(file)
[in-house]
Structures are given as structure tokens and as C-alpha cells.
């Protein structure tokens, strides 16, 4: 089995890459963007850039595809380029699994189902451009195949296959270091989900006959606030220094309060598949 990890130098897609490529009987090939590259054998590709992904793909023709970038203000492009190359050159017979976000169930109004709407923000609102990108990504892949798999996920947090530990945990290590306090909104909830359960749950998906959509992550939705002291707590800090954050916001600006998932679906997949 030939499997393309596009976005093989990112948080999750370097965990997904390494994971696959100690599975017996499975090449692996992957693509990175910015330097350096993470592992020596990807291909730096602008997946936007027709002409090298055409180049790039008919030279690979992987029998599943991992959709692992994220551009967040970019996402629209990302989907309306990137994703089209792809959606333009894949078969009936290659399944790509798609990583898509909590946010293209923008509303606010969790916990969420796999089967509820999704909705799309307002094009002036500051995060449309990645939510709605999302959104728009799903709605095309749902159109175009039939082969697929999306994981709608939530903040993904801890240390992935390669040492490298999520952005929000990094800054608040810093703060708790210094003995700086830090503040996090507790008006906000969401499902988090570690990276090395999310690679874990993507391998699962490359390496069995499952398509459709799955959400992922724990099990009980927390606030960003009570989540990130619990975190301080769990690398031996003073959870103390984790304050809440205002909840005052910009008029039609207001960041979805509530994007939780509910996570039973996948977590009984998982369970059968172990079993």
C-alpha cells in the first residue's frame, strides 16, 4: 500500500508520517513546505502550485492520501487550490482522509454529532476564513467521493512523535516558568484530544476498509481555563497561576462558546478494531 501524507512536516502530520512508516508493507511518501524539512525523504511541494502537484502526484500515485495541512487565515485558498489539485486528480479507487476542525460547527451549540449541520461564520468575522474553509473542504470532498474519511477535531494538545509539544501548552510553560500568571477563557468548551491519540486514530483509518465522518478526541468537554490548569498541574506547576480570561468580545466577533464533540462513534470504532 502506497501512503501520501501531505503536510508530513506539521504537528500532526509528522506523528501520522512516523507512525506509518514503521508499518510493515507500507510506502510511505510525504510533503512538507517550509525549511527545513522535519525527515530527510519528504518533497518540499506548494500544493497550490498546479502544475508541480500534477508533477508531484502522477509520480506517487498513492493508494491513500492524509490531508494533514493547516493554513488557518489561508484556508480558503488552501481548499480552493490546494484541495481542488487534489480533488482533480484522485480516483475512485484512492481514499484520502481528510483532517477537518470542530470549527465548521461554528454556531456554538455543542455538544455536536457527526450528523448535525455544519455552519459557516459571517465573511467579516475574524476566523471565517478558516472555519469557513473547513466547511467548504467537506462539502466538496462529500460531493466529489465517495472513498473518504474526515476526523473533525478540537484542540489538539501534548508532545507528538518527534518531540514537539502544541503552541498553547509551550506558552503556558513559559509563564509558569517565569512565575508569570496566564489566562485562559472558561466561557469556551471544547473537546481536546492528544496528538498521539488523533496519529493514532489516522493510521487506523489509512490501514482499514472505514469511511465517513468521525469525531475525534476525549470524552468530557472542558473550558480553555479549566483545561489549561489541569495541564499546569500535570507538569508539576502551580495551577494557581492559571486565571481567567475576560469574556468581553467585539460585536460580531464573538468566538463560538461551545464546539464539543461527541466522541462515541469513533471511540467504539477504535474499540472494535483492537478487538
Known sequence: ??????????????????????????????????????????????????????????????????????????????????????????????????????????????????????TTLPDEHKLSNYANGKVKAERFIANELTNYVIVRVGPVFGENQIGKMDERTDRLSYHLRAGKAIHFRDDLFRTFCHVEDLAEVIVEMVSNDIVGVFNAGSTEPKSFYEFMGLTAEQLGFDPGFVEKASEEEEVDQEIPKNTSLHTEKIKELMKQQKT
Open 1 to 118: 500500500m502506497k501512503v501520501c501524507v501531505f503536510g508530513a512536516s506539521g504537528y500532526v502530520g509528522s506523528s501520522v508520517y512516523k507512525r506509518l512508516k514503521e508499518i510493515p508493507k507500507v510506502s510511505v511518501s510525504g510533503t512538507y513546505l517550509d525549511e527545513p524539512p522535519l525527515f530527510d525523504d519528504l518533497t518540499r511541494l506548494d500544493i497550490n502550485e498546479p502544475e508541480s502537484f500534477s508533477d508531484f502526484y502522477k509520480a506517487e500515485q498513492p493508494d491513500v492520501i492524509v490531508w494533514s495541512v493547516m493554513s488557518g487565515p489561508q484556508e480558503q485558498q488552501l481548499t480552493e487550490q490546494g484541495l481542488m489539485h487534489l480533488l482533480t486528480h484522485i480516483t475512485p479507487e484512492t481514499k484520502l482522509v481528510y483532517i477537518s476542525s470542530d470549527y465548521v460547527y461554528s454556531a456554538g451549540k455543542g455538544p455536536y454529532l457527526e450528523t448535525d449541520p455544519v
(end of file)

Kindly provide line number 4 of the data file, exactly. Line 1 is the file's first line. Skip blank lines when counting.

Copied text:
C-alpha cells in the first residue's frame, strides 16, 4: 500500500508520517513546505502550485492520501487550490482522509454529532476564513467521493512523535516558568484530544476498509481555563497561576462558546478494531 501524507512536516502530520512508516508493507511518501524539512525523504511541494502537484502526484500515485495541512487565515485558498489539485486528480479507487476542525460547527451549540449541520461564520468575522474553509473542504470532498474519511477535531494538545509539544501548552510553560500568571477563557468548551491519540486514530483509518465522518478526541468537554490548569498541574506547576480570561468580545466577533464533540462513534470504532 502506497501512503501520501501531505503536510508530513506539521504537528500532526509528522506523528501520522512516523507512525506509518514503521508499518510493515507500507510506502510511505510525504510533503512538507517550509525549511527545513522535519525527515530527510519528504518533497518540499506548494500544493497550490498546479502544475508541480500534477508533477508531484502522477509520480506517487498513492493508494491513500492524509490531508494533514493547516493554513488557518489561508484556508480558503488552501481548499480552493490546494484541495481542488487534489480533488482533480484522485480516483475512485484512492481514499484520502481528510483532517477537518470542530470549527465548521461554528454556531456554538455543542455538544455536536457527526450528523448535525455544519455552519459557516459571517465573511467579516475574524476566523471565517478558516472555519469557513473547513466547511467548504467537506462539502466538496462529500460531493466529489465517495472513498473518504474526515476526523473533525478540537484542540489538539501534548508532545507528538518527534518531540514537539502544541503552541498553547509551550506558552503556558513559559509563564509558569517565569512565575508569570496566564489566562485562559472558561466561557469556551471544547473537546481536546492528544496528538498521539488523533496519529493514532489516522493510521487506523489509512490501514482499514472505514469511511465517513468521525469525531475525534476525549470524552468530557472542558473550558480553555479549566483545561489549561489541569495541564499546569500535570507538569508539576502551580495551577494557581492559571486565571481567567475576560469574556468581553467585539460585536460580531464573538468566538463560538461551545464546539464539543461527541466522541462515541469513533471511540467504539477504535474499540472494535483492537478487538